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Trump's Call With Ukrainian Leader, One Day After Mueller's Congressional Testimony, Shows Trump is a Brazen Criminal

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Message James Risen

From The Intercept

Donald Trump speaks at the UN general assembly.
Donald Trump speaks at the UN general assembly.
(Image by YouTube, Channel: Guardian News)
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CAREER CRIMINAL DONALD TRUMP just barely avoided prosecution earlier this year when special counsel Robert Mueller pulled his punches and refused to indict the president for either obstruction of justice or campaign finance violations in connection with the Trump-Russia investigation. Mueller's decision not to indict Trump came despite overwhelming evidence in Mueller's own final report that the president of the United States was guilty of a crime.

Most people who survive that kind of legal threat would lie low, at least for a while, and try to get back to some level of normalcy. But Trump is a habitual criminal, and his reaction to escaping Mueller's investigation was to go on yet another crime spree.

In fact, Trump has been acting like a bank robber who beat one rap because of a technicality, and so decides to rob every bank in sight.

In the Trump-Russia inquiry, Mueller was able to prove that the Russian government intervened in the 2016 election to help Trump win. But he never could prove, at least to his own satisfaction, that Trump or the people around him had colluded with Moscow in its election interference. Mueller did show that Trump campaign officials met with Russians in an effort to gather dirt on Democratic presidential candidate Hillary Clinton, and that Trump was guilty of obstruction of justice in trying to make the whole Russian case go away.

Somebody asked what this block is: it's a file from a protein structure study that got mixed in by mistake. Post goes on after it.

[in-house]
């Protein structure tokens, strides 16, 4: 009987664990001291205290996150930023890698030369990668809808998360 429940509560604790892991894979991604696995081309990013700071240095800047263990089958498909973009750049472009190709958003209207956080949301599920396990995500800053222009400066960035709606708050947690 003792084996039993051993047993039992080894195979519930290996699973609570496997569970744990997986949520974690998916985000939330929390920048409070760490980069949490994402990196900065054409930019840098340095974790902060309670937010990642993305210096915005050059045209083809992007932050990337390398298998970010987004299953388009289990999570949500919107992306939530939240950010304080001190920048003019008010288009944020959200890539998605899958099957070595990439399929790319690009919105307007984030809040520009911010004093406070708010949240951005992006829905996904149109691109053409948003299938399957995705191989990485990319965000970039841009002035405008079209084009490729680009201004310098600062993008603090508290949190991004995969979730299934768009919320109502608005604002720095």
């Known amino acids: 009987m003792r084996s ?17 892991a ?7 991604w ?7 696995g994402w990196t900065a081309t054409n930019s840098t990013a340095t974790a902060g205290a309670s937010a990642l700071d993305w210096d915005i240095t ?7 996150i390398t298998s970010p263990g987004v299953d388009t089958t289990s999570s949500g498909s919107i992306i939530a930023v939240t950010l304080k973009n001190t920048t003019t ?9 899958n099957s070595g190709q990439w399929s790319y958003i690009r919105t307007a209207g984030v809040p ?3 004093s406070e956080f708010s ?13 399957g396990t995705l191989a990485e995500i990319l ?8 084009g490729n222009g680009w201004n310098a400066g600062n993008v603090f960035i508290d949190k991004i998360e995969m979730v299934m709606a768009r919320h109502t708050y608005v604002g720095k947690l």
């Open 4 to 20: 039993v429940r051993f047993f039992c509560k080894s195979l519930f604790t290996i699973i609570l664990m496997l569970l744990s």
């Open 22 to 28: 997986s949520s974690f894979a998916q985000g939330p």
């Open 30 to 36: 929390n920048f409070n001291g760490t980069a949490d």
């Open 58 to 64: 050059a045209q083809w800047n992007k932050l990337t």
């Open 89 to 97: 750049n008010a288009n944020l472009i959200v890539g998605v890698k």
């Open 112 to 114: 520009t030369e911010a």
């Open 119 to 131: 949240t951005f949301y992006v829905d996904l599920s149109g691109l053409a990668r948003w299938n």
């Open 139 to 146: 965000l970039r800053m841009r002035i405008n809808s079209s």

But Mueller decided that he couldn't prove that, by asking for opposition research from foreigners, the Trump campaign had violated the campaign finance law that bans accepting things of value from foreigners.

Mueller also built a conclusive case that Trump was guilty of obstruction of justice, based on a series of actions seeking to derail the Russia investigation. But Mueller decided that, since the Justice Department has a long-standing legal opinion arguing that a sitting president can't be indicted, he wouldn't charge Trump with obstruction.

In the end, Mueller didn't indict Trump for anything, and Congress decided not to try to impeach Trump in connection with the Russia probe. On July 24, Mueller testified before Congress about his investigation and final report. After his testimony, the special counsel quietly exited the scene, having let Trump off the hook.

The president was a free man.

SO WHAT DID TRUMP do with his newfound freedom?

The very next day on July 25 he was at it again, this time with Ukraine.

Trump got on the phone that day with the new president of Ukraine, Volodymyr Zelensky, and repeatedly sought his help in an attempt to damage Trump's political rival, Democratic presidential candidate Joe Biden. This time, there was no question, as there had been in the Russia case, about whether Trump directly sought the help of a foreign power to help him win an election. A summary of the call released by the White House on Wednesday proves Trump did exactly that.

The summary is based on notes taken by White House staffers who were listening in on the telephone conversation between Zelensky and Trump. The notes are not an exact transcript, and may soften or omit the most egregious statements by Trump.

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Jim Risen, a best-selling author and former New York Times reporter, is The Intercept’s senior national security correspondent, based in Washington, D.C.  

Risen also serves as director of First Look Media’s Press Freedom (more...)

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